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Andean Forearc Dynamics, As Recorded By Detrital Zircon From the Eocene Talara Basin, Northwest Peru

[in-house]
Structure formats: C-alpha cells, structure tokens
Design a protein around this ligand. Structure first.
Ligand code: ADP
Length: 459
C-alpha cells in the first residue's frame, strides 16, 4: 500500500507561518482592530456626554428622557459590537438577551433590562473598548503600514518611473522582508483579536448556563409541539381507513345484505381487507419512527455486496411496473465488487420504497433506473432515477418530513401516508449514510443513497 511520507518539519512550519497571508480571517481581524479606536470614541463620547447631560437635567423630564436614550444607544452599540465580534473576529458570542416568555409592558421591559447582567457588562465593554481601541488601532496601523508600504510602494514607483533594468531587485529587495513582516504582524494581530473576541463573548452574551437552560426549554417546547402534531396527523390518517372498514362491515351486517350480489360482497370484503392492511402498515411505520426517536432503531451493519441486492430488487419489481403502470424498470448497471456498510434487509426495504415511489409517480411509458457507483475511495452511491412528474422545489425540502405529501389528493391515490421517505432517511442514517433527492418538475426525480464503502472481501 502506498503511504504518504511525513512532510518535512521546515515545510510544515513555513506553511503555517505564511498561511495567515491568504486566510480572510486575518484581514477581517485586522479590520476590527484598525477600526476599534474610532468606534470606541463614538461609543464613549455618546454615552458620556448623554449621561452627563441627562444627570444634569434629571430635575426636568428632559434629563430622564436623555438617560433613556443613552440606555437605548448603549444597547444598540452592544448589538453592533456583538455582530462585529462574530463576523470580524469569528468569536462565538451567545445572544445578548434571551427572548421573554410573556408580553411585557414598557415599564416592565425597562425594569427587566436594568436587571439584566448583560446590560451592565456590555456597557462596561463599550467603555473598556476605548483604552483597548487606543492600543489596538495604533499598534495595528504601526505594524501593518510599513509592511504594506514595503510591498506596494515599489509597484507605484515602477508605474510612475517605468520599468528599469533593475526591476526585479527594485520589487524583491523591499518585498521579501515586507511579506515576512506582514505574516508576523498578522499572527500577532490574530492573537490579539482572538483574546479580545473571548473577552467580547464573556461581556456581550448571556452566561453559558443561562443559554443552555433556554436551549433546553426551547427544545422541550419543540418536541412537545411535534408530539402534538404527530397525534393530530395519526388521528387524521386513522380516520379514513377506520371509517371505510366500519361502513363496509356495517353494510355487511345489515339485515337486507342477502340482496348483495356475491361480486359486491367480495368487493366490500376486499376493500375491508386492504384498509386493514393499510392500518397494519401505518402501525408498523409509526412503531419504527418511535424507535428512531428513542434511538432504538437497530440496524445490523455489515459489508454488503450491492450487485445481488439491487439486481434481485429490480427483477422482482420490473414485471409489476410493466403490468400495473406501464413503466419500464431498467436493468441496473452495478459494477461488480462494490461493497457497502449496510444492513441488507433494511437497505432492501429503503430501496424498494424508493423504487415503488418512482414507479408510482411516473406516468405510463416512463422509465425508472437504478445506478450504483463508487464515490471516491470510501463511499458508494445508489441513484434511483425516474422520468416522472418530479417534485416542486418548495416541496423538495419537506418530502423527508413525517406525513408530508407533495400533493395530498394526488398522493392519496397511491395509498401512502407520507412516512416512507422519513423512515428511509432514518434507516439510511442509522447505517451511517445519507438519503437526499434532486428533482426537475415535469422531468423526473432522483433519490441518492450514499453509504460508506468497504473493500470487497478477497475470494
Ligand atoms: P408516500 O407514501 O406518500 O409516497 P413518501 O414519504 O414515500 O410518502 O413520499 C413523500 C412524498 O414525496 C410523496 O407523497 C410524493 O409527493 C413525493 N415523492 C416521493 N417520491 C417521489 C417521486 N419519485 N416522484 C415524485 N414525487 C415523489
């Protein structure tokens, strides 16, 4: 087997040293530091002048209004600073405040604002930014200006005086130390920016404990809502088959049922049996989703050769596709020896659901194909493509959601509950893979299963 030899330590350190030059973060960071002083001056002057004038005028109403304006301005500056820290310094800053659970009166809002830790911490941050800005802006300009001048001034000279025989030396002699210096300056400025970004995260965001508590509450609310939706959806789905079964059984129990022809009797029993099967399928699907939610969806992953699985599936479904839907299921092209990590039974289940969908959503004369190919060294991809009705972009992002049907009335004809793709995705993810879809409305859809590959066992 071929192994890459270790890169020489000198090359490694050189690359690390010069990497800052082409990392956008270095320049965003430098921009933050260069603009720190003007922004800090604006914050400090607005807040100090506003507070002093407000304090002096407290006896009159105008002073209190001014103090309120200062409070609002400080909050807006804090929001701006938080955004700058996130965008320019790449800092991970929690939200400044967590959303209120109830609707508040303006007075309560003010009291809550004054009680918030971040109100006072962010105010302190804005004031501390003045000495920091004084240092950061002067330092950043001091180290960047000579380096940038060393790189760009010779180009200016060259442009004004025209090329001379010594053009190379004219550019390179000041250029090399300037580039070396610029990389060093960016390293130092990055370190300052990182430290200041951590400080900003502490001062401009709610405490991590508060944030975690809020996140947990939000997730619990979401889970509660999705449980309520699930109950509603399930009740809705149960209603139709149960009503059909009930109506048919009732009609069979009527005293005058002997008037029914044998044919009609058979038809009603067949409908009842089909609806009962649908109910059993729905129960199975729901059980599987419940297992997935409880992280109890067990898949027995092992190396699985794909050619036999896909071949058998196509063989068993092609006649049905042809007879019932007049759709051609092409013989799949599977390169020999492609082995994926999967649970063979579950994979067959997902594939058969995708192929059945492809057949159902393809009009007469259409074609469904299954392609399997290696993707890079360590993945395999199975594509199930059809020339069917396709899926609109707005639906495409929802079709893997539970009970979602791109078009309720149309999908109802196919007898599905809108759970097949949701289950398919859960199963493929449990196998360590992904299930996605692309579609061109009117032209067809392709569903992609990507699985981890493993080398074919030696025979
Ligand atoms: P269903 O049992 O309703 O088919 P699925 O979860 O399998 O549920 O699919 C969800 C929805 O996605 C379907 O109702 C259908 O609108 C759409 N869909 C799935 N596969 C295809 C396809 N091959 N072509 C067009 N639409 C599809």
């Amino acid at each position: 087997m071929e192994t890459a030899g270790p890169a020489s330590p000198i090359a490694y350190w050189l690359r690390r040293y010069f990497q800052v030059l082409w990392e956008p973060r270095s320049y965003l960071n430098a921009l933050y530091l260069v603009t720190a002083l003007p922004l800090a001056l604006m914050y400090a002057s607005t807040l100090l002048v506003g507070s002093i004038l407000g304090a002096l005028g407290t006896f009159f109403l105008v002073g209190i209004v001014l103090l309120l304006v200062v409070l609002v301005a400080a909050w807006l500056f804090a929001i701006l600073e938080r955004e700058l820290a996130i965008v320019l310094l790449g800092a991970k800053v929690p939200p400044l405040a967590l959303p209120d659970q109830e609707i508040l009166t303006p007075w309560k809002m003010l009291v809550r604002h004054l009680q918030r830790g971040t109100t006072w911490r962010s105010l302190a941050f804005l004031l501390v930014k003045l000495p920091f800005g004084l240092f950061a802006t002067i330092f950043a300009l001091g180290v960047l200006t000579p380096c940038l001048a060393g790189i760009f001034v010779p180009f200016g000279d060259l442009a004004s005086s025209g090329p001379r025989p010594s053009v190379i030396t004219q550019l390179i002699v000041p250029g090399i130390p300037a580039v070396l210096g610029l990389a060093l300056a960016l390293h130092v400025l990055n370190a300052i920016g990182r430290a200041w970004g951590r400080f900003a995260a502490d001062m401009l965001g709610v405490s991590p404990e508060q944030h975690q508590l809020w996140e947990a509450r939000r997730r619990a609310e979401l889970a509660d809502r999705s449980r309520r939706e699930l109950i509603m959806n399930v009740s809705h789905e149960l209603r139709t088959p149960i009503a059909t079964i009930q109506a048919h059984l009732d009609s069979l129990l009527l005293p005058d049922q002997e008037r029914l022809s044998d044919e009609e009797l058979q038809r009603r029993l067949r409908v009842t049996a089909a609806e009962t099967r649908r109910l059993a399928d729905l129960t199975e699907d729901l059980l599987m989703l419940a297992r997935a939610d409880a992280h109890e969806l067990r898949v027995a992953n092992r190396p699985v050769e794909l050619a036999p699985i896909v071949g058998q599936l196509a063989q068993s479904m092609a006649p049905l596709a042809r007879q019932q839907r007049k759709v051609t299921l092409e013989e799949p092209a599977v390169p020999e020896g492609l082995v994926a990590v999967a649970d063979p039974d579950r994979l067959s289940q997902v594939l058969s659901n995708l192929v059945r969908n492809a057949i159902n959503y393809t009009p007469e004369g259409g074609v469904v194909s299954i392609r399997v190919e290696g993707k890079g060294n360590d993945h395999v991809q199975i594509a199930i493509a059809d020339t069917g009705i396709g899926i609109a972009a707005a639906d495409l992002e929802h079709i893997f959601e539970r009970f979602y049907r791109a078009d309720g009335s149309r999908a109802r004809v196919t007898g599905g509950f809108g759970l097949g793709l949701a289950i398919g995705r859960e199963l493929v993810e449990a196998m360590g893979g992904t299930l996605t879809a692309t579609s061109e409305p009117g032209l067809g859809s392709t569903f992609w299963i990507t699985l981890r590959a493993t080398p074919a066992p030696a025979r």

Eocene strata of the Talara forearc basin of northwest Peru contain detrital-zircon (DZ) populations that, when integrated with other provenance indicators, record paleogeographic shifts in the Andean forearc that can be linked to larger-scale tectonic drivers such as subduction erosion, plate convergence rate, and regional accretion events. Because forearc basins along the western margin of South America are particularly difficult to preserve, the new DZ results provide rare insight into the trench–arc dynamics associated with the Andean orogenic cycle. The Talara basin tapped into both the Andean volcanic arc and older basement, and the DZ populations subsequently reflect long-lived plate interactions and progressive crustal growth along the northwestern edge of Amazonia, Gondwana, and South America. Dominant U–Pb zircon age populations include: 36–110 Ma (Andes convergence); 215–285 Ma (western Gondwana extension); 460–625 Ma (Rodinia extension and western Gondwana convergence); 950–1250 Ma (Grenville orogeny); and > 1250 Ma (Amazonia assembly). The data corroborate previous geochronology on pre-Andean basement and support the existence of a Famatinian arc (∼ 480 Ma) and Carboniferous–Triassic magmatism along northwestern Gondwana. Pre-Andean and Amazonian DZ likely was recycled from Paleozoic metasedimentary rocks of the Andean Cordillera and Amotape terrane, although the data do not preclude delivery of Amazonian detritus directly into the forearc via a large-scale, westward drainage. The Andean DZ population constrains the timing of arc activity and quiescence, with two peaks at ∼ 75 Ma and ∼ 50 Ma, and a gap at ∼ 70 Ma, linked to accretion of the Caribbean Oceanic Plateau against northwest South America. Arc volcanism was concurrent with Eocene forearc deposition, and syndepositional DZ is used to revise maximum depositional age for the upper Eocene Helico Member and Verdun Formation. Progressive subsidence and arc shut-down in the late Eocene coincide with arc collision to the north, uplift of the Amotape block, subduction erosion, and slab shallowing.
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